Why the Keynesians lost

24 Sep

Cornel Ban and Daniela Gabor “The Politics of Collateral Damage: Finance and Varieties of Capitalism in the Eurozone Crisis” forthcoming)

“Constructivist political economists argue that the analysis of policy shifts should focus on the political battles that define the origins of crises and the solutions that are institutionally available (Widmaier, Blyth and Seabrooke 2007: 748; Blyth 2002; 2012; Lindwall 2009; 2011; Mandelkern and Shalev 2012; Biswas 2011; Vali 2011; Hay 2011; Schmidt 2011; Carstensen 2011; Radula and Kattel 2011; Ban 2011; Bell 2012; Matthijs 2012; Yee 2012; Widmeier and Park 2012; Baker 2012; Finlayson 2012). When applied to the fiscal outcomes studied in this paper, the constructivist approach yields the hypothesis that the adoption of austerity measures throughout the Eurozone has been the result of the victory of anti-Keynesian ideas in pivotal nodes of the European policy field. Specifically, they seek for evidence of the intellectual skepticism of New Consensus macroeconomists about the long-run effectiveness of fiscal policy during a recession marked by financial market volatility and a strong sovereign risk channel effect (for an overview and critique see Arestis 2009).

While few doubt the fiscal policy skepticism of European central bankers (Gabor 2011; Cecchetti 2011), the situation is less clear at the level of national policy elites and the economics profession where no research has been carried out so far. Constructivists also have to explain the shift for “Keynesianism for about ten months” (Blyth 2012) to the neoclassical (New Consensus) retrenchment of 2010. Thus, concerns with the contractionary effects of fiscal austerity in Europe were voiced inside the IMF, an erstwhile proponent of fiscal adjustments to address competitiveness issues (Blanchard 2010; Pescatori et al 2011). Most importantly, outside of the world of European central banks, in late 2008 and early 2009 the kind of activist fiscal policy associated with the Keynesian tradition seemed to dominate the approach to the crisis of national policy elites. If this was so, what explains the abandonment of Keyensian ideas on fiscal policy and the return to New Consensus macroeconomics by the same elites towards the end of 2009?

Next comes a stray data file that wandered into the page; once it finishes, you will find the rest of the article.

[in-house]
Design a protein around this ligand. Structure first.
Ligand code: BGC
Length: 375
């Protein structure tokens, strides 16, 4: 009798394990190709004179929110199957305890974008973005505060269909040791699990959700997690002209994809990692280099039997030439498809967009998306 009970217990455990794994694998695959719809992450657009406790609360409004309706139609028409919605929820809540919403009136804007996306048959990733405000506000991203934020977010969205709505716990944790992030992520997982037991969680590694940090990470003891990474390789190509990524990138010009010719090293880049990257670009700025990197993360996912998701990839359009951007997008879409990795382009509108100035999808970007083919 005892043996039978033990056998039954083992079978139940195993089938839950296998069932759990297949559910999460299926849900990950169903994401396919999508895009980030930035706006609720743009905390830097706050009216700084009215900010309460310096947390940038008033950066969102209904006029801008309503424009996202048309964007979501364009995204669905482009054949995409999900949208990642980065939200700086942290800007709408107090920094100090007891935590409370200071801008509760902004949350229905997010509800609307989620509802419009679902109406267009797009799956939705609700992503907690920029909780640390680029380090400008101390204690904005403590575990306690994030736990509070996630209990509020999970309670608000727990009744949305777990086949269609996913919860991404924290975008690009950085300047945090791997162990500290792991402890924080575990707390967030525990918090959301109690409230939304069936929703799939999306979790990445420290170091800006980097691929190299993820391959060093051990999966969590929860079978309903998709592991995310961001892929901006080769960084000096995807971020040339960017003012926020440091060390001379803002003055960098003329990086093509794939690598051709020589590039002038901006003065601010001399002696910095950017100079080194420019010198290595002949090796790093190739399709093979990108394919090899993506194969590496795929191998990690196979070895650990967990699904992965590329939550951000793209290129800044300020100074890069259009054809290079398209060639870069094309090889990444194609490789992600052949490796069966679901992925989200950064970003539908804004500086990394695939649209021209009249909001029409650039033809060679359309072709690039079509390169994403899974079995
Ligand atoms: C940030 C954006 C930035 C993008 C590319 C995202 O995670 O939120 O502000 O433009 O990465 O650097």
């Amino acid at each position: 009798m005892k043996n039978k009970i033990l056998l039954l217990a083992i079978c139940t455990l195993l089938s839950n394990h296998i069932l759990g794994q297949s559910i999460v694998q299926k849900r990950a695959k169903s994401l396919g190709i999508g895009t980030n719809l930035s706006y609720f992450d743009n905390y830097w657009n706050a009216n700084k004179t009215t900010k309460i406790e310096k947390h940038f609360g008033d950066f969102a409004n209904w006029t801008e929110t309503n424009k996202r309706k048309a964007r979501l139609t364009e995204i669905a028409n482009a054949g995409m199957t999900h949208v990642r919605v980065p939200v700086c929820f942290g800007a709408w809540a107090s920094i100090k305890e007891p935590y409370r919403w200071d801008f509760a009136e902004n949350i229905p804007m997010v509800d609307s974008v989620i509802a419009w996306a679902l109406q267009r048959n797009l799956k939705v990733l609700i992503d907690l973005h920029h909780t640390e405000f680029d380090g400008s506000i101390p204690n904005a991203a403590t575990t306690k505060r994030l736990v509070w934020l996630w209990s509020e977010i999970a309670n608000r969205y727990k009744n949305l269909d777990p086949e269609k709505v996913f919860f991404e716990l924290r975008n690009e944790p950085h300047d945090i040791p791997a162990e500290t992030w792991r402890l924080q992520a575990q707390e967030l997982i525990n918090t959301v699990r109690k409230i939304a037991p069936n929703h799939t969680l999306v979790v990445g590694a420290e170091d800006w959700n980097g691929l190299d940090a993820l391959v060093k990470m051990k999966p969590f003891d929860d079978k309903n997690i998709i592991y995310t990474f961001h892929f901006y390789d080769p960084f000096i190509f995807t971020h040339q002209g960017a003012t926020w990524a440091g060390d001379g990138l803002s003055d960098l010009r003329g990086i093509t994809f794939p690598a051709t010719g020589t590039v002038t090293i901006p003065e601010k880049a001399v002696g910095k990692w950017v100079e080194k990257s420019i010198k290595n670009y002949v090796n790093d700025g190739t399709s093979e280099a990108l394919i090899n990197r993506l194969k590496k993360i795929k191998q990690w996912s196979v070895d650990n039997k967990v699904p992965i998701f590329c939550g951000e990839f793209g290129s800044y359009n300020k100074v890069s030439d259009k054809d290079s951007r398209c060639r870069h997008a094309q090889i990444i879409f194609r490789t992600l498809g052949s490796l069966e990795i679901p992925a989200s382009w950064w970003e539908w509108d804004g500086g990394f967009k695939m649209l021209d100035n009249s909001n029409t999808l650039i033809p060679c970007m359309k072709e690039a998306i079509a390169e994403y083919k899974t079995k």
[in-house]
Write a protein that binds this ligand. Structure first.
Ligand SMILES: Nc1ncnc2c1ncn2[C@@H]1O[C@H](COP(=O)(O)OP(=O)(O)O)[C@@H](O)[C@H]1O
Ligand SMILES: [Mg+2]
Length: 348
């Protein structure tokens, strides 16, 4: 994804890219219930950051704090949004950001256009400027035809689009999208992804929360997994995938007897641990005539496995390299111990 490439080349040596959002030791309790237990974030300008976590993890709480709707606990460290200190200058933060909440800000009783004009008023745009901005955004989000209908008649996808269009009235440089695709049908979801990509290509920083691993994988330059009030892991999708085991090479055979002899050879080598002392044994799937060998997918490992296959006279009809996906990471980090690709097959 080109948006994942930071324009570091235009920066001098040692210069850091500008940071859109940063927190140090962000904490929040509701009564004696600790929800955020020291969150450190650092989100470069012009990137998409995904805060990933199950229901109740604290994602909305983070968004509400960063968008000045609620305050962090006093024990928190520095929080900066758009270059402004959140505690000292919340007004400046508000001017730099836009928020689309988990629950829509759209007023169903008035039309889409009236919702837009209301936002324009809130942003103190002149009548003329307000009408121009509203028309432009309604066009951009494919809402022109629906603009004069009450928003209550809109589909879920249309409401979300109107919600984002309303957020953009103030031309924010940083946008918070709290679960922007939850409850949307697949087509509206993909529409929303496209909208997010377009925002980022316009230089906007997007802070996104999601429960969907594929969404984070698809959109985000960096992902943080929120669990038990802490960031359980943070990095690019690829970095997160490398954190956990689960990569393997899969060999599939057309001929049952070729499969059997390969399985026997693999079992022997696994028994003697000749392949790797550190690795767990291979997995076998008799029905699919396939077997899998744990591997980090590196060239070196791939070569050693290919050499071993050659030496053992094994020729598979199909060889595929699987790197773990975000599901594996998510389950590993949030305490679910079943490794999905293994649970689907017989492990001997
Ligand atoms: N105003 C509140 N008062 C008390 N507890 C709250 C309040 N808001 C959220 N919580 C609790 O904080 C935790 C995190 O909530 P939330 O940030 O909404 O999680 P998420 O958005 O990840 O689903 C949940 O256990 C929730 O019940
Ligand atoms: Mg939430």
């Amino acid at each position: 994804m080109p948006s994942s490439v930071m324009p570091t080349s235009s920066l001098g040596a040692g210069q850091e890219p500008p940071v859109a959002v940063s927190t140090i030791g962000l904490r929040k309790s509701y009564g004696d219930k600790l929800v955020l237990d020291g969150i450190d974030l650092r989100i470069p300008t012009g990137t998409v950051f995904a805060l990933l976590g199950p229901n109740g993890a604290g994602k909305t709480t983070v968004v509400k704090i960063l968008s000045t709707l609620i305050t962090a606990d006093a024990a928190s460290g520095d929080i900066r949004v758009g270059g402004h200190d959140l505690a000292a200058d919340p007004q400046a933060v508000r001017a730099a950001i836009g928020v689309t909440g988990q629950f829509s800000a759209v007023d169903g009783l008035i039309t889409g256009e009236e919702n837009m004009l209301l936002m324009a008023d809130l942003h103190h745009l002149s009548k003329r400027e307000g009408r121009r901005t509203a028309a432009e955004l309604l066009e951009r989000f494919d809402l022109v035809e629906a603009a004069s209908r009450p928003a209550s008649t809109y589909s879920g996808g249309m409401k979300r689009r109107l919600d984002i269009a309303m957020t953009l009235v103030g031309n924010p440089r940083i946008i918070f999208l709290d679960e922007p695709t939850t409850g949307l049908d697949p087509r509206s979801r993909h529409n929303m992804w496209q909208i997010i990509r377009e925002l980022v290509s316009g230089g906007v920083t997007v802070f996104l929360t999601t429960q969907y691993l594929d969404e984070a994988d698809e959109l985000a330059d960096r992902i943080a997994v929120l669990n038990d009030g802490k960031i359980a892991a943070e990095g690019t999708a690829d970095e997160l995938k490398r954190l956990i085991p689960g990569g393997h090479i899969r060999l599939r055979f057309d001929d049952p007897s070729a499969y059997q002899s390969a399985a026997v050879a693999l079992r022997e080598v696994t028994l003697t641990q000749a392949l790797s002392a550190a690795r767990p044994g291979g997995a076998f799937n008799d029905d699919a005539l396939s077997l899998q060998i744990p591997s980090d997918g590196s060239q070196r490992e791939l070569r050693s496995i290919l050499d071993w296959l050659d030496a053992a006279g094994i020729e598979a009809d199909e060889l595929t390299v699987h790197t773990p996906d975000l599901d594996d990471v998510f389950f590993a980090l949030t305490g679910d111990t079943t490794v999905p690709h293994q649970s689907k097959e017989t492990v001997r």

Two constructivist studies delved into the puzzle of austerity empirically and in a way that showcases the centrality of the interaction of power and ideas (Farrell and Quiggin 2012; Blyth 2012). Their findings can be summarized as follows: in 2008-2009 leading American Keynesian economists and a coterie of prominent defectors from New Consensus macroeconomics managed to provide usable policy theories to policy elites confronted with an unprecedented crisis that appeared to be better explained by Keynesians than by their foes. As Mark Blyth’s history of austerity avers, 2008 and 2009 were the years of an intellectual tailspin in orthodox economics:

A large part of the reason that Keynesianism became the policy du jour was that governing neoliberal ideas pretty much denied such a crisis could ever happen. So when it happened it was bound to open up some room for ideas that said such events were bound to happen if you left markets alone to regulate themselves, which is exactly the Keynesian point. Given this, it was hard to defend publicly the logic of self-correcting markets at a time when they were so obviously not self-correcting […] Furthermore, as well as denying it could happen, neoclassical policy was entirely focused upon avoiding one problem, inflation, and providing one outcome, stable prices. As a result it seemed to have very little to say about a world where deflation was now the worry and price stabilization meant raising, not lowering, inflation expectations.